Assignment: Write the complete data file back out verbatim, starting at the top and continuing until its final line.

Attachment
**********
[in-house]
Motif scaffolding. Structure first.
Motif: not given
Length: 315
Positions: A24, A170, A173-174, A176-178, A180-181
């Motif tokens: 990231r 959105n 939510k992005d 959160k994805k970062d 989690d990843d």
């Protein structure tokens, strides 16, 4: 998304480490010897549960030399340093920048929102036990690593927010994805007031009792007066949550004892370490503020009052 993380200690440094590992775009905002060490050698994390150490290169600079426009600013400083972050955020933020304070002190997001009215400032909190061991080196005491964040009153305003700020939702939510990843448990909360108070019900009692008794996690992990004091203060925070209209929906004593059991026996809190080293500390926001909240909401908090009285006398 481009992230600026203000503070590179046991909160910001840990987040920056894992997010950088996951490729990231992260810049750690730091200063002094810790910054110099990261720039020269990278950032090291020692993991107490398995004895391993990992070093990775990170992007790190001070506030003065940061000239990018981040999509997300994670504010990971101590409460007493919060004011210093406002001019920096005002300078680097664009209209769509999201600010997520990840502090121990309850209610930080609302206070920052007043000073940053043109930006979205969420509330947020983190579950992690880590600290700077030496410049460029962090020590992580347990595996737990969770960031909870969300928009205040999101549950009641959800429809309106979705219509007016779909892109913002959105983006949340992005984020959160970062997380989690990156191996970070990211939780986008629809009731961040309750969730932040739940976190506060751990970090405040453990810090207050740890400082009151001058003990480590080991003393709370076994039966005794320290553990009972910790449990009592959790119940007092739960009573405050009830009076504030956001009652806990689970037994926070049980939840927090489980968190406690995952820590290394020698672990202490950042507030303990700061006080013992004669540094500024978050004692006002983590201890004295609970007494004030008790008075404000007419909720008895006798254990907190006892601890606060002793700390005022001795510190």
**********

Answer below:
[in-house]
Motif scaffolding. Structure first.
Motif: not given
Length: 315
Positions: A24, A170, A173-174, A176-178, A180-181
């Motif tokens: 990231r 959105n 939510k992005d 959160k994805k970062d 989690d990843d």
């Protein structure tokens, strides 16, 4: 998304480490010897549960030399340093920048929102036990690593927010994805007031009792007066949550004892370490503020009052 993380200690440094590992775009905002060490050698994390150490290169600079426009600013400083972050955020933020304070002190997001009215400032909190061991080196005491964040009153305003700020939702939510990843448990909360108070019900009692008794996690992990004091203060925070209209929906004593059991026996809190080293500390926001909240909401908090009285006398 481009992230600026203000503070590179046991909160910001840990987040920056894992997010950088996951490729990231992260810049750690730091200063002094810790910054110099990261720039020269990278950032090291020692993991107490398995004895391993990992070093990775990170992007790190001070506030003065940061000239990018981040999509997300994670504010990971101590409460007493919060004011210093406002001019920096005002300078680097664009209209769509999201600010997520990840502090121990309850209610930080609302206070920052007043000073940053043109930006979205969420509330947020983190579950992690880590600290700077030496410049460029962090020590992580347990595996737990969770960031909870969300928009205040999101549950009641959800429809309106979705219509007016779909892109913002959105983006949340992005984020959160970062997380989690990156191996970070990211939780986008629809009731961040309750969730932040739940976190506060751990970090405040453990810090207050740890400082009151001058003990480590080991003393709370076994039966005794320290553990009972910790449990009592959790119940007092739960009573405050009830009076504030956001009652806990689970037994926070049980939840927090489980968190406690995952820590290394020698672990202490950042507030303990700061006080013992004669540094500024978050004692006002983590201890004295609970007494004030008790008075404000007419909720008895006798254990907190006892601890606060002793700390005022001795510190």